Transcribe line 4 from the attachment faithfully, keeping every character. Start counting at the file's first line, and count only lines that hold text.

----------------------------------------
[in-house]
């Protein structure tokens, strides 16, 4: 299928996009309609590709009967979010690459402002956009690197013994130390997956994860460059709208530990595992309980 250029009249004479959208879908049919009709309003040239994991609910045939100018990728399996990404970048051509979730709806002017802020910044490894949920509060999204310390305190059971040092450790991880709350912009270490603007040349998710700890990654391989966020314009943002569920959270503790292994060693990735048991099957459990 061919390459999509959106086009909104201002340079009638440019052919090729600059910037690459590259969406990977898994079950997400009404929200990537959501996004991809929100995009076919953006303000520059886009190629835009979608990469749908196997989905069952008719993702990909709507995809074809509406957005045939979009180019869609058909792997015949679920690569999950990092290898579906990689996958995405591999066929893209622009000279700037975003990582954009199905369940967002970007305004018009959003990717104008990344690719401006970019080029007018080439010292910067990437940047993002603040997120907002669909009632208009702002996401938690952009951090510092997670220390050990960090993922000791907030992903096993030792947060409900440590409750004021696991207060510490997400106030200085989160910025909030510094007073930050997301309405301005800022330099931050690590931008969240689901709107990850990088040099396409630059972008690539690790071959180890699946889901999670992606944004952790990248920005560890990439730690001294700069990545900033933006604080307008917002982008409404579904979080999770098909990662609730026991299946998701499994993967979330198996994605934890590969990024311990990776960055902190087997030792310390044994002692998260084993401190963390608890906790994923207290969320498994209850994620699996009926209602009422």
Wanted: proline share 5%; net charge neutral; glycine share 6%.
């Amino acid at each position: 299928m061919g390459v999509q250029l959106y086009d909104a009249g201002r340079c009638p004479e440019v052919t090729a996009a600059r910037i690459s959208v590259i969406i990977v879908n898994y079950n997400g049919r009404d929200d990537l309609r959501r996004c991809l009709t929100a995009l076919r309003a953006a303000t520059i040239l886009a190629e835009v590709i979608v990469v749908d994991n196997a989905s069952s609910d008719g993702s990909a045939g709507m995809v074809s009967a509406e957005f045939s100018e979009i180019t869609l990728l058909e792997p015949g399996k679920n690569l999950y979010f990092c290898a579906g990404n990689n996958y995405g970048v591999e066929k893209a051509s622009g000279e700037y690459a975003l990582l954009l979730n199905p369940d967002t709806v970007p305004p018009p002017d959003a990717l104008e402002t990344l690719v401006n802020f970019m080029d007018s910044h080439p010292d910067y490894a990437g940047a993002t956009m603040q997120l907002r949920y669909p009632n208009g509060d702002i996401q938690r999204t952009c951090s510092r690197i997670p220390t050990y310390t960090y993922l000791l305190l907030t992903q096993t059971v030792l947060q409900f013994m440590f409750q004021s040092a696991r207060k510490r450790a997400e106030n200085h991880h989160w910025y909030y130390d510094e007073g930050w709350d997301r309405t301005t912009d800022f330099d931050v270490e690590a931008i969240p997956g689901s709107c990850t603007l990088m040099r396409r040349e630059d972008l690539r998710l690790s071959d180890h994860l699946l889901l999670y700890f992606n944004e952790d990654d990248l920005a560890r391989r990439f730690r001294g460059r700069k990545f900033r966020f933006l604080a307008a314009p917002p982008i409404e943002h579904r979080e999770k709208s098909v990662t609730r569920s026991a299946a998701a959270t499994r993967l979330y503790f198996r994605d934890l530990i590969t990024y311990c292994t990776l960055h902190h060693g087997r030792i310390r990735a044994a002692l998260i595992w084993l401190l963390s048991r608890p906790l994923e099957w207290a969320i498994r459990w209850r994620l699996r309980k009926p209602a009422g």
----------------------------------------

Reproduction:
């Amino acid at each position: 299928m061919g390459v999509q250029l959106y086009d909104a009249g201002r340079c009638p004479e440019v052919t090729a996009a600059r910037i690459s959208v590259i969406i990977v879908n898994y079950n997400g049919r009404d929200d990537l309609r959501r996004c991809l009709t929100a995009l076919r309003a953006a303000t520059i040239l886009a190629e835009v590709i979608v990469v749908d994991n196997a989905s069952s609910d008719g993702s990909a045939g709507m995809v074809s009967a509406e957005f045939s100018e979009i180019t869609l990728l058909e792997p015949g399996k679920n690569l999950y979010f990092c290898a579906g990404n990689n996958y995405g970048v591999e066929k893209a051509s622009g000279e700037y690459a975003l990582l954009l979730n199905p369940d967002t709806v970007p305004p018009p002017d959003a990717l104008e402002t990344l690719v401006n802020f970019m080029d007018s910044h080439p010292d910067y490894a990437g940047a993002t956009m603040q997120l907002r949920y669909p009632n208009g509060d702002i996401q938690r999204t952009c951090s510092r690197i997670p220390t050990y310390t960090y993922l000791l305190l907030t992903q096993t059971v030792l947060q409900f013994m440590f409750q004021s040092a696991r207060k510490r450790a997400e106030n200085h991880h989160w910025y909030y130390d510094e007073g930050w709350d997301r309405t301005t912009d800022f330099d931050v270490e690590a931008i969240p997956g689901s709107c990850t603007l990088m040099r396409r040349e630059d972008l690539r998710l690790s071959d180890h994860l699946l889901l999670y700890f992606n944004e952790d990654d990248l920005a560890r391989r990439f730690r001294g460059r700069k990545f900033r966020f933006l604080a307008a314009p917002p982008i409404e943002h579904r979080e999770k709208s098909v990662t609730r569920s026991a299946a998701a959270t499994r993967l979330y503790f198996r994605d934890l530990i590969t990024y311990c292994t990776l960055h902190h060693g087997r030792i310390r990735a044994a002692l998260i595992w084993l401190l963390s048991r608890p906790l994923e099957w207290a969320i498994r459990w209850r994620l699996r309980k009926p209602a009422g």